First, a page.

Globe and Mail editorial endorsement headline
Newspaper Endorsements for Election 2015 got Twitter talking.

Election day is finally, finally upon us, but the longest campaign in Canadian history since 1872 didn’t end quietly for the country’s print newspapers. If anything, it ended nonsensically.

Questions of who controls newspapers’ editorial voice haunted the final week of #elxn42 as print media outlets published their editorial board’s federal election choices. Some internet media, including the RRJ, questioned whether such endorsements are a practice worth keeping.

“For us, it seems a bit outdated,” said BuzzFeed Canada’s Emma Loop, while speaking to The Current on October 9. Although BuzzFeed does weigh in on particular issues, Loop said, the organization will “stay away from the partisan element” of politics by not endorsing a candidate.

Kathy English, public editor of the Toronto Star, was on The Current with Loop. She maintained that newspaper endorsements still have a place. “The Star is an institution that dates back over three centuries. Every day, it takes stands on issues that matter to the community,” said English. “It would be a cop-out not to do so in an election campaign.”

That morning, the Star published an editorial endorsing the Liberal Party of Canada. Two other Torstar papers, the Hamilton Spectator and the Waterloo Region Record, also endorsed the Liberals on October 15 and 17 respectively.

But it was the Postmedia endorsements on October 16 that made noise on Twitter as paper after paper in the national chain published an editorial endorsing the Conservative Party of Canada. The endorsement wasn’t by the editorial staff, however, as Edmonton Journal writer Paula Simons said in a tweet:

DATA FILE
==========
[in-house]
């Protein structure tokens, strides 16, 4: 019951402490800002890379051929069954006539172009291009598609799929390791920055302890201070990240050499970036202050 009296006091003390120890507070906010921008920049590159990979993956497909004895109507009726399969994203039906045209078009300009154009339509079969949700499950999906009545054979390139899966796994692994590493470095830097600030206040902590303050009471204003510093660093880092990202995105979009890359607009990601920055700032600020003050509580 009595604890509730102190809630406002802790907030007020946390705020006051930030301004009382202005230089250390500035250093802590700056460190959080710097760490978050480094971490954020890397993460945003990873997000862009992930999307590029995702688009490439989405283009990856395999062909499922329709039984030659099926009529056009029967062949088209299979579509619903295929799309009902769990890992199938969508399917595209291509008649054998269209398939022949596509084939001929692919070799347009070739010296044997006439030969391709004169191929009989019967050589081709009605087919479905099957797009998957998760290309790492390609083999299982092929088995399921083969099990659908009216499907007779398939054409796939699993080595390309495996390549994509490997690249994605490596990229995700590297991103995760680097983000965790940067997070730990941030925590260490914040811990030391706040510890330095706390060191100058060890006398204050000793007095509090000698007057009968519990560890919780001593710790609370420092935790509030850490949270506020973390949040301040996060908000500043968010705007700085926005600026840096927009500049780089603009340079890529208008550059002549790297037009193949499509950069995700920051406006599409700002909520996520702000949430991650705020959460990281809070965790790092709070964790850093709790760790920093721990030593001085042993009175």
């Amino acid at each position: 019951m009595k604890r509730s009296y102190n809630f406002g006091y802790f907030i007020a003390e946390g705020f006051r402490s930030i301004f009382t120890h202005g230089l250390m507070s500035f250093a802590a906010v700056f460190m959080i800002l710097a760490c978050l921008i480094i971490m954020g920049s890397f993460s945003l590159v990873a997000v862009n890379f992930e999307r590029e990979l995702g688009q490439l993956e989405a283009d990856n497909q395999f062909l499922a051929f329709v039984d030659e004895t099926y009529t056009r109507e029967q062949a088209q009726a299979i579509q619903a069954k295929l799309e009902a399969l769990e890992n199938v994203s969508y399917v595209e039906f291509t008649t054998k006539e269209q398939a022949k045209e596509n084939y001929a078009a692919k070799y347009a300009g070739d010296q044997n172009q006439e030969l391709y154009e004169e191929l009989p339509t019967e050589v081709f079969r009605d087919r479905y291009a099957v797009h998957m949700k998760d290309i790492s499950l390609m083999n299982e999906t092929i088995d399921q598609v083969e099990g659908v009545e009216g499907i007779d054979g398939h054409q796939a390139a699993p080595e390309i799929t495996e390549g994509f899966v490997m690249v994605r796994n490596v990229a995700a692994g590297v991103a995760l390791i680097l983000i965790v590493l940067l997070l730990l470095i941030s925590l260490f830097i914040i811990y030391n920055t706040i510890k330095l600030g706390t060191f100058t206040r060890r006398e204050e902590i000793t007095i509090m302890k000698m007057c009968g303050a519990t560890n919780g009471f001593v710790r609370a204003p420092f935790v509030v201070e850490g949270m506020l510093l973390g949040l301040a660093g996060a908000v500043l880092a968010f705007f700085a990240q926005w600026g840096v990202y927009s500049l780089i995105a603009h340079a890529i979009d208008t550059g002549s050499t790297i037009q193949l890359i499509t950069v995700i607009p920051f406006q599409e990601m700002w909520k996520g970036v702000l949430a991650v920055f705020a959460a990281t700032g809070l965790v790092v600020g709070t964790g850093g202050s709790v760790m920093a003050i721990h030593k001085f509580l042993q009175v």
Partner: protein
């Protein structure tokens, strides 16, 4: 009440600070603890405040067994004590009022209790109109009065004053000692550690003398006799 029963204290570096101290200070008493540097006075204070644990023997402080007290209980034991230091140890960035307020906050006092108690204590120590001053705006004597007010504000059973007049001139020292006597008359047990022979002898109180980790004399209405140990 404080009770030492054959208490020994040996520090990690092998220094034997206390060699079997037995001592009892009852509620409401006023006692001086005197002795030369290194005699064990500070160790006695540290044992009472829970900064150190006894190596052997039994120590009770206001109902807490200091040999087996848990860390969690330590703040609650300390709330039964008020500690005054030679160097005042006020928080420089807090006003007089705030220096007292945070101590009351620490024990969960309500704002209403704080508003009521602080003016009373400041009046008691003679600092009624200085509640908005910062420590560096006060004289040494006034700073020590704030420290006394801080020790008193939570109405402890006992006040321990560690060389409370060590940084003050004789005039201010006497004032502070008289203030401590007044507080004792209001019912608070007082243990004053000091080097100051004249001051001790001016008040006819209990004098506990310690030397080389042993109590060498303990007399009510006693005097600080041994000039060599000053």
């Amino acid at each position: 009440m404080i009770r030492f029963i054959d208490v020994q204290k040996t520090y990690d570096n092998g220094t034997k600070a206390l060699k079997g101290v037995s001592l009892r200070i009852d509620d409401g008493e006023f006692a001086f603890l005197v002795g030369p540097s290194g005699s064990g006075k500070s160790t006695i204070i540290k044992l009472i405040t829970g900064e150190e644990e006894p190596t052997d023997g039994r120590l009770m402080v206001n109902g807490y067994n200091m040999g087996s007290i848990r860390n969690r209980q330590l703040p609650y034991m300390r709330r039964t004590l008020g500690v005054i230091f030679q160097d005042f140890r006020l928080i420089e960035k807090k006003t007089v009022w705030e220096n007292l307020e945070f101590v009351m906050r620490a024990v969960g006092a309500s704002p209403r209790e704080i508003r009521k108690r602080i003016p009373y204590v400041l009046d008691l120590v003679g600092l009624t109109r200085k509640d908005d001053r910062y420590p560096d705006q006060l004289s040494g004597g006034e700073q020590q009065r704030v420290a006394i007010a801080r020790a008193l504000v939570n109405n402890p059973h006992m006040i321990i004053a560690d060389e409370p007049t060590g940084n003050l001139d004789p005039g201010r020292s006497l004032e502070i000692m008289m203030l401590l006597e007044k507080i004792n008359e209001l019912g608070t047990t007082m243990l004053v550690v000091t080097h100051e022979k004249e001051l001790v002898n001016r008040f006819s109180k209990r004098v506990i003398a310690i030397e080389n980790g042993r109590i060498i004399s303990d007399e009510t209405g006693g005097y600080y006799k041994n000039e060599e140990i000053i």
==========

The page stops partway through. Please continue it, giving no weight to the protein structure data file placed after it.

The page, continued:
On Saturday, the National Post itself followed suit. Its editorial board’s pronouncement was also at odds with the opinions of columnists at the Post and other Postmedia holdings whose columns appeared on Friday and Saturday. Even Conrad Black himself weighed in, favouring a Liberal minority and referring to Stephen Harper as a “sadistic Victorian schoolmaster” who doesn’t know when to leave office. And one column was notable in its absence from the Saturday edition: that of Andrew Coyne, head of the Post’s editorial board.

According to Canadaland, Coyne’s column would have endorsed somebody other than the Conservatives, unlike the editorial endorsement he signed off on for the Post.  He has not spoken out on why his column did not appear, and his usually voluble Twitter feed has fallen silent — though Ricochet’s Ethan Cox noted that Coyne has disappeared in similar circumstances before.

UPDATE: Coyne has resigned from his post as editor

Numerous Postmedia properties were also notable for their front pages in the last days of the election campaign: full-page, bright yellow wrap ads from the Conservatives bashing the competition. The ads appeared on the covers of the Penticton Herald, Vancouver Sun, Calgary Sun, The Province, The London Free Press, Ottawa Citizen, and 24 Hours Toronto. Most were aimed at the Liberals, but the Penticton Herald ad targeted both the Liberals and NDP. Curiously, the Friday edition of 24 Hours Vancouver, also a Postmedia property, featured an NDP wrap ad. While it isn’t a new practice, one reporter noted that these ads were a step up from the norm.

Meanwhile, back at The Globe and Mail‘s offices, editor David Walmsley spent an hour fielding questions on Facebook about the paper’s unconventional endorsement of the Conservatives without endorsing party leader Stephen Harper. 

“The half-heartedness is a sign of the weakness of the political candidates,” Walmsley said in response to one questioner. “It would be great to find a clear, obvious winner the country could unite behind, but we don’t have that at the moment.”

In response to the Globe’s ambivalence, some Twitter users channeled their inner political humourist with the hashtag #MoreGlobeEndorsements.

Here at the RRJ, we endorse newspapers, but we’re on the fence about newspaper endorsements.



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